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Tim Mohin: US and China Climate Agreement Ahead of COP 28

Tim Mohin: US and China Climate Agreement Ahead of COP 28

US and China Climate Agreement Ahead of COP 28
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With COP 28 less than two weeks away, an agreement between the US and China builds momentum for a constructive conference. The agreement is to “recall, reaffirm, and commit” to joint efforts in fighting climate change and meeting the goals of the Paris Agreement. 

Climate envoys John Kerry and Xie Zhenhua met in Sunnylands, California, before the summit to revive a bilateral climate working group and hammer out some pre-COP agreements. The Sunnylands statement is a timely effort of aligning the United States and China ahead of COP28,” said Li Shuo, director of the China Climate Hub at the Asia Society.

The US-China agreement covers forestry, circular economy, plastic pollution, and air pollution. From a climate perspective, the most important aspect was the agreement to triple renewable energy capacity this decade. The parties also committed to reducing Methane emissions –  a greenhouse gas (GHG) more than 80 times more potent than CO2 over the short term.  

The results of the US-China summit helped improve diplomatic relations and will present a collaborative front at COP 28, where the countries will host a methane and non-CO2 gas summit.

Manish Bapna, president of the Natural Resources Defense Council, called the agreement “a foundation of ambition” ahead of the U.N. climate summit in Dubai, adding, “This sends a powerful message of cooperation on the existential challenge of our time.”

Others were wary about the deal, pointing to the glaring omission of any mention of coal usage. Bernice Lee OBE of Chatham House said, “Progress on fossil fuels wasn’t what I expected to see, as they both have constraints… My suspicion is that it has proven to be too difficult to find the form of language that works for both.”

Adding more optimism ahead of COP 28, the EU has pledged to make a “significant contribution” to the world’s first “loss and damage fund” being launched at this year’s event to help developing nations deal with climate disasters. The statement said: “The (EU Climate) Commissioner is ready to announce a substantial financial contribution by the EU and its member states to the loss & damage fund at COP28 in the context of an ambitious outcome at COP28.”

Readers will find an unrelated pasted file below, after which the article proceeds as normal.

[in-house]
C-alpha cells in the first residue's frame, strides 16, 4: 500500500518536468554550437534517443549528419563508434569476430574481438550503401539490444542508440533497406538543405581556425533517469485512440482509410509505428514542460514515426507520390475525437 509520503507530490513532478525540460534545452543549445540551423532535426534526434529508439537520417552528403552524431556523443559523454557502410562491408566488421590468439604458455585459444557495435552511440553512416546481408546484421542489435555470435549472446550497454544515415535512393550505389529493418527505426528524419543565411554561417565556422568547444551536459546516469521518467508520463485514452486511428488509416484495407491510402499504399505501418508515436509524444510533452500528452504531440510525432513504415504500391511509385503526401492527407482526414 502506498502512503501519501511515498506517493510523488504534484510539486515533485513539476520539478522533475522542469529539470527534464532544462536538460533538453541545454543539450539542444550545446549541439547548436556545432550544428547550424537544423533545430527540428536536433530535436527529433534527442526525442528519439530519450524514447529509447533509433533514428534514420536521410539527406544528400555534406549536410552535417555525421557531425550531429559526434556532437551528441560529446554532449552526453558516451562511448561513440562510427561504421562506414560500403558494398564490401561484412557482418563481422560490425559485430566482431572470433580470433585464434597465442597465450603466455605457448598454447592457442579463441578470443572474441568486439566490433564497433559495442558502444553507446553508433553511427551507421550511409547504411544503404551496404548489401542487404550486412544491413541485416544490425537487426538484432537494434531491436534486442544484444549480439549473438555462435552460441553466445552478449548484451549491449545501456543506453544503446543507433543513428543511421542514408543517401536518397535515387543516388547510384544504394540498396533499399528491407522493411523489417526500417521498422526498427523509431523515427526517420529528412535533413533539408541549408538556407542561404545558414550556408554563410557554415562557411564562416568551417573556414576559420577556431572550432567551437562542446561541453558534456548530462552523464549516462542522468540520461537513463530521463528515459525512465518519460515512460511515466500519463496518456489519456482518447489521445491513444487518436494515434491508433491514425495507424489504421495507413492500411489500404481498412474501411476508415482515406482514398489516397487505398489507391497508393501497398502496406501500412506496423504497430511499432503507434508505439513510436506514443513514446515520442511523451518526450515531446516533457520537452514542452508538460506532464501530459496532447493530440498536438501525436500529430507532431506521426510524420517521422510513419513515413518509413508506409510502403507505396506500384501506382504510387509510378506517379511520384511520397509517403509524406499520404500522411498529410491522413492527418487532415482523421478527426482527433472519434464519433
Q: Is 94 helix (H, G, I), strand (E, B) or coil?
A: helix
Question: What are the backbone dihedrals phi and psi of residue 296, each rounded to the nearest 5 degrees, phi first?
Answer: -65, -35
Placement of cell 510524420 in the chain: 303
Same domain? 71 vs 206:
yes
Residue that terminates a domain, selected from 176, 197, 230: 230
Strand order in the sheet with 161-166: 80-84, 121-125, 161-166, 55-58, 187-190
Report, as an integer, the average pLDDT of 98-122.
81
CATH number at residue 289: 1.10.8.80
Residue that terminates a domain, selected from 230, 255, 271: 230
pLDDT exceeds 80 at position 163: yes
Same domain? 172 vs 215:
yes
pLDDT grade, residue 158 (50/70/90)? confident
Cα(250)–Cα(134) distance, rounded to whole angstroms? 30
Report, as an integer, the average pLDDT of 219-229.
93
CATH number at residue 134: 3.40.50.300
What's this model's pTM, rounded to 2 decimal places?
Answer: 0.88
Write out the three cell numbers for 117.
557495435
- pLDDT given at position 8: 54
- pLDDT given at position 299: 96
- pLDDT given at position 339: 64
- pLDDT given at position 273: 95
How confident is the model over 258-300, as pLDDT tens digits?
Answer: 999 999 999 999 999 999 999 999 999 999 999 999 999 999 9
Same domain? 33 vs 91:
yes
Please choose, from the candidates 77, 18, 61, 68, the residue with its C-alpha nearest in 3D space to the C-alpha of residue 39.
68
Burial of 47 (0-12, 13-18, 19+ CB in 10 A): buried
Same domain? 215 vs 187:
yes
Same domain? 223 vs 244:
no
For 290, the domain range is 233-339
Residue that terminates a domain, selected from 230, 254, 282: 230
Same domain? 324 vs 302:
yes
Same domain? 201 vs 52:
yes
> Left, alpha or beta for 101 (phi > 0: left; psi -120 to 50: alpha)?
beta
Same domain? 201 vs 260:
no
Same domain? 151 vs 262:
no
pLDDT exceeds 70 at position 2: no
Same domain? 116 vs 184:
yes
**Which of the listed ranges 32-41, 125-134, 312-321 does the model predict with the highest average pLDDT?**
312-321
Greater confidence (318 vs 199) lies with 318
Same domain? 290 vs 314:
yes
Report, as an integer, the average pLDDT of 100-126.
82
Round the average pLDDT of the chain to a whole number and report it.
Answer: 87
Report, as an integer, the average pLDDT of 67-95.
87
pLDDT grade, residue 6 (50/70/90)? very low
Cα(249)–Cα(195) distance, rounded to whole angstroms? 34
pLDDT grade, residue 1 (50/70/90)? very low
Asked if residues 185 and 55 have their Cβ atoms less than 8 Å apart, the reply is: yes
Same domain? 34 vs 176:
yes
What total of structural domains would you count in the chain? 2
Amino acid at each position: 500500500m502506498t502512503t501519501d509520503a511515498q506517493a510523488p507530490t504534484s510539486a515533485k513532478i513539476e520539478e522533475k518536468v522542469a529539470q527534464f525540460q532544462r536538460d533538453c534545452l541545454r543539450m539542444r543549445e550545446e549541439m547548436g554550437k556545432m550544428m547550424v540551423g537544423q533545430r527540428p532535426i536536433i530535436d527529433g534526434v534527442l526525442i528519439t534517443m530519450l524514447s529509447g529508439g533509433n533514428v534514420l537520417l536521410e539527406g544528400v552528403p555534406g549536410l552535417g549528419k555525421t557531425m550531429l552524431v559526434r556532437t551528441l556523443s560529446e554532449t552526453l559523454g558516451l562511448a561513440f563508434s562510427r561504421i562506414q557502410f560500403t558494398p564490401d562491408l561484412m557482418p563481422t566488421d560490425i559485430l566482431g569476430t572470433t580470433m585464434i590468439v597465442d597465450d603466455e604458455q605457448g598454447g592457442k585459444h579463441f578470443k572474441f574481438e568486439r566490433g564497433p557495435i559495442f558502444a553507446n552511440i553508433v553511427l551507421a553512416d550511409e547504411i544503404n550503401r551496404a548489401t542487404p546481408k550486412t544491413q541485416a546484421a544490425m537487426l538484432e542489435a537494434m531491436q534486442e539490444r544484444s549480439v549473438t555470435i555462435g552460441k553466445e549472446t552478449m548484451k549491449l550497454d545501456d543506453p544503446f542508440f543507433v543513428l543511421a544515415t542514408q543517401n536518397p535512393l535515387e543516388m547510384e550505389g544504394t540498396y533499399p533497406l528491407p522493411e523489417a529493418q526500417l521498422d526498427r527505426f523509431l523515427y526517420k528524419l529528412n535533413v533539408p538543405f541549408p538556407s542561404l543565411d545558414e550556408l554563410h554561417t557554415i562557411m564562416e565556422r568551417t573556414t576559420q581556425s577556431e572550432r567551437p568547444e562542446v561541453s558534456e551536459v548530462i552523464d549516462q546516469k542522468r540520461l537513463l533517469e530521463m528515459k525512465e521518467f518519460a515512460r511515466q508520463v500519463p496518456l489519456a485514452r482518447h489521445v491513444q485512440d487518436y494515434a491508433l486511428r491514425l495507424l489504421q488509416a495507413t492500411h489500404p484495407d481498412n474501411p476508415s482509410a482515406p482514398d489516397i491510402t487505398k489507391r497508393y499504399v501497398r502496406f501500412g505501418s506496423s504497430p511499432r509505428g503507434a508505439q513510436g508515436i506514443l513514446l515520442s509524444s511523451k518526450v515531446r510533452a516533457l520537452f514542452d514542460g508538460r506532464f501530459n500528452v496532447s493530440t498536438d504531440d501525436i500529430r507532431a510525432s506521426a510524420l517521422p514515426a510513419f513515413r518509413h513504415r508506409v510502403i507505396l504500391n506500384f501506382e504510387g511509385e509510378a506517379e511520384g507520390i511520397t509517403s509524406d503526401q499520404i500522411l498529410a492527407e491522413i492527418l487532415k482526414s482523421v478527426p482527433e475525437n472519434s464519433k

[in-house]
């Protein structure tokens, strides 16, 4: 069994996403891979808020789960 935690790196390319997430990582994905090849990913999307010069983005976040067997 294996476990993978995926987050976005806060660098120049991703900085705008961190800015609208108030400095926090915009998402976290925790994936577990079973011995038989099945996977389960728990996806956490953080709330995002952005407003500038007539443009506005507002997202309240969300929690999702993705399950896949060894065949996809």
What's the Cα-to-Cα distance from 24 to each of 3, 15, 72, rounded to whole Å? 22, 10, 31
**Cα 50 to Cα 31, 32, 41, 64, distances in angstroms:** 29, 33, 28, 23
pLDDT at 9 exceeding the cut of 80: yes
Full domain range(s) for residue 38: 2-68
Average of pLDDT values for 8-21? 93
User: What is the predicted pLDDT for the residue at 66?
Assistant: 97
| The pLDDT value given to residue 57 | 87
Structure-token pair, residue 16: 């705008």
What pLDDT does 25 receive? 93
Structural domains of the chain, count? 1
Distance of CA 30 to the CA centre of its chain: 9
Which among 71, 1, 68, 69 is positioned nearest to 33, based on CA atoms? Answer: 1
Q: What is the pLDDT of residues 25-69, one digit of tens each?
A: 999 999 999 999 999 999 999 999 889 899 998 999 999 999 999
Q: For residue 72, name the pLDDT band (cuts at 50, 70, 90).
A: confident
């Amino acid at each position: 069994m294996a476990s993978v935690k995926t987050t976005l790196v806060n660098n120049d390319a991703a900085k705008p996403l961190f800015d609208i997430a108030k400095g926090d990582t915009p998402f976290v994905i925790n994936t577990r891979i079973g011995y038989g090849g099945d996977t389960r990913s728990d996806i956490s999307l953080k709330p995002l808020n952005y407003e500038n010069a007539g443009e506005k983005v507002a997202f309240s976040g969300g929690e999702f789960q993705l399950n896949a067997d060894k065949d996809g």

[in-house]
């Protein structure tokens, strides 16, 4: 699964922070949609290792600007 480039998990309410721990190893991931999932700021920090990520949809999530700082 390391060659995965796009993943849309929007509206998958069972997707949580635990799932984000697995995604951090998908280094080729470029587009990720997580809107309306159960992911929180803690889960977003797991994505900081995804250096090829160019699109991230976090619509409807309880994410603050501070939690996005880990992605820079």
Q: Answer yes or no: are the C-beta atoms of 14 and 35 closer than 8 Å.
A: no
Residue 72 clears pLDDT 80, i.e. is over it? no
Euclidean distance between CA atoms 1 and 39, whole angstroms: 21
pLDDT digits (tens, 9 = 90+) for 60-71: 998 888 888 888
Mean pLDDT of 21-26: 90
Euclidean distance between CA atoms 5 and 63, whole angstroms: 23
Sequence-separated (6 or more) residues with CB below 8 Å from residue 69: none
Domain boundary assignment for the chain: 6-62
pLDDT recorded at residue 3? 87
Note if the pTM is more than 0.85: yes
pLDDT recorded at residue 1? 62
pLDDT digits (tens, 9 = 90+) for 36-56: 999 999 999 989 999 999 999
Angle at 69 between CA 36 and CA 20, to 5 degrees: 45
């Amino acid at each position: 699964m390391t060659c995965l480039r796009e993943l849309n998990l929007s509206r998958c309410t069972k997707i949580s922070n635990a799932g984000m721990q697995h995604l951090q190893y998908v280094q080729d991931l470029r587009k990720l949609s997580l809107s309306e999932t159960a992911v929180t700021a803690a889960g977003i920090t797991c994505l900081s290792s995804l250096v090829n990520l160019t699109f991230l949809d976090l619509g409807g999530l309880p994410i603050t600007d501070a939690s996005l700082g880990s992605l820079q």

In a Nick of Time

Kuba Stężycki/Reuters

The US and China climate agreement came just in time to build a wave of optimism before COP28. On a sobering note, a series of new reports revealed the extent of the challenge in front of us. 

The first report analyzed countries’ decarbonization efforts, finding they are currently insufficient. The report revealed that if countries meet their current climate pledges (and that is a big if), emissions will be 9% higher in 2030 than in 2010. Although this is an improvement from last year, it is still far below the decarbonization needed to keep warming below 1.5°C. “Today’s report shows that governments combined are taking baby steps to avert the climate crisis,” said Simon Stiell of the UN climate change agency.

Similarly, a report from the World Economic Forum and BCG reiterated the insufficient levels of climate action to meet the Paris Agreement. The State of The Climate Report shows that although we need to reduce emissions by 7% year-on-year to meet our 2030 goals, they are still rising. 

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Another report from the UN’s World Meteorological Organization (WMO), The Green House Gas Bulletin, found that in 2022, CO2 levels were 50% above pre-industrial levels for the first time and continued to grow in 2023. Other major GHGs, Methane and Nitrous Oxide, also grew in concentration, with the latter seeing its highest rise ever in 2022.

GHG concentrations like this have not been experienced on Earth for 3-5 million years when the global temperature was 2-3C warmer and sea levels were 10-20 meters higher than today. WMO Secretary-General Petteri Taalas said, “Despite decades of warnings from the scientific community, thousands of pages of reports, and dozens of climate conferences, we are still heading in the wrong direction.”

This Smart Read article is contributed by Tim Mohin, Global Sustainability Leader, BCG. Every week ESG News delivers smart commentary from ESG practitioners and experts to unpack issues of the week. Email here if you are interested in submitting an article [email protected]


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